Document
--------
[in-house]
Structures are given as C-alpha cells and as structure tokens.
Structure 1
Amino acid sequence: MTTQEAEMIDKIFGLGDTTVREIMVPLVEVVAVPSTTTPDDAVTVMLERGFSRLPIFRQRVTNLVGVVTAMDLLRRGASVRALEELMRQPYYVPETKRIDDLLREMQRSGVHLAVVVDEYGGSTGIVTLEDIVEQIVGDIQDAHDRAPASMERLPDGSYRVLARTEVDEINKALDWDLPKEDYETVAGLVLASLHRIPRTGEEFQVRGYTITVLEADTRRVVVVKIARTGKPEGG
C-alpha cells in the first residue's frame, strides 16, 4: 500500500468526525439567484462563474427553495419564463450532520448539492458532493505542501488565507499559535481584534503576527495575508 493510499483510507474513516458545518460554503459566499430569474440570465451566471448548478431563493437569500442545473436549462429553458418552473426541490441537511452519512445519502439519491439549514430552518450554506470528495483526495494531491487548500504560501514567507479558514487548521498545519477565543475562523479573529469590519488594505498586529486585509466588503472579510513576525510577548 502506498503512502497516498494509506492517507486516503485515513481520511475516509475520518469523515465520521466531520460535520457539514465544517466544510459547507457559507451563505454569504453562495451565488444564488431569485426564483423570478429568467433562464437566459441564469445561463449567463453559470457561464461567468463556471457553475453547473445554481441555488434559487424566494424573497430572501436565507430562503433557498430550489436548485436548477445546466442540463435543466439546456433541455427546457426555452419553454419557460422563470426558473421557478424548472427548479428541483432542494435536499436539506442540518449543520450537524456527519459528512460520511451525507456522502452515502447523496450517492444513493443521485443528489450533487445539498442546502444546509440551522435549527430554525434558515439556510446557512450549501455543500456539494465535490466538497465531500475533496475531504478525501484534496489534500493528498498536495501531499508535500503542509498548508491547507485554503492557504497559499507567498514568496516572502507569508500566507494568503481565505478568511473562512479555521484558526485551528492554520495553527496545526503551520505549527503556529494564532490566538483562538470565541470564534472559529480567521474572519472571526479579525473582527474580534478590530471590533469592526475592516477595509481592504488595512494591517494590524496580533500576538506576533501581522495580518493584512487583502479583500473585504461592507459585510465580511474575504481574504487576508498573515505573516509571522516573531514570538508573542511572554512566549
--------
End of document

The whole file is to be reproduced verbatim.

[in-house]
Structures are given as C-alpha cells and as structure tokens.
Structure 1
Amino acid sequence: MTTQEAEMIDKIFGLGDTTVREIMVPLVEVVAVPSTTTPDDAVTVMLERGFSRLPIFRQRVTNLVGVVTAMDLLRRGASVRALEELMRQPYYVPETKRIDDLLREMQRSGVHLAVVVDEYGGSTGIVTLEDIVEQIVGDIQDAHDRAPASMERLPDGSYRVLARTEVDEINKALDWDLPKEDYETVAGLVLASLHRIPRTGEEFQVRGYTITVLEADTRRVVVVKIARTGKPEGG
C-alpha cells in the first residue's frame, strides 16, 4: 500500500468526525439567484462563474427553495419564463450532520448539492458532493505542501488565507499559535481584534503576527495575508 493510499483510507474513516458545518460554503459566499430569474440570465451566471448548478431563493437569500442545473436549462429553458418552473426541490441537511452519512445519502439519491439549514430552518450554506470528495483526495494531491487548500504560501514567507479558514487548521498545519477565543475562523479573529469590519488594505498586529486585509466588503472579510513576525510577548 502506498503512502497516498494509506492517507486516503485515513481520511475516509475520518469523515465520521466531520460535520457539514465544517466544510459547507457559507451563505454569504453562495451565488444564488431569485426564483423570478429568467433562464437566459441564469445561463449567463453559470457561464461567468463556471457553475453547473445554481441555488434559487424566494424573497430572501436565507430562503433557498430550489436548485436548477445546466442540463435543466439546456433541455427546457426555452419553454419557460422563470426558473421557478424548472427548479428541483432542494435536499436539506442540518449543520450537524456527519459528512460520511451525507456522502452515502447523496450517492444513493443521485443528489450533487445539498442546502444546509440551522435549527430554525434558515439556510446557512450549501455543500456539494465535490466538497465531500475533496475531504478525501484534496489534500493528498498536495501531499508535500503542509498548508491547507485554503492557504497559499507567498514568496516572502507569508500566507494568503481565505478568511473562512479555521484558526485551528492554520495553527496545526503551520505549527503556529494564532490566538483562538470565541470564534472559529480567521474572519472571526479579525473582527474580534478590530471590533469592526475592516477595509481592504488595512494591517494590524496580533500576538506576533501581522495580518493584512487583502479583500473585504461592507459585510465580511474575504481574504487576508498573515505573516509571522516573531514570538508573542511572554512566549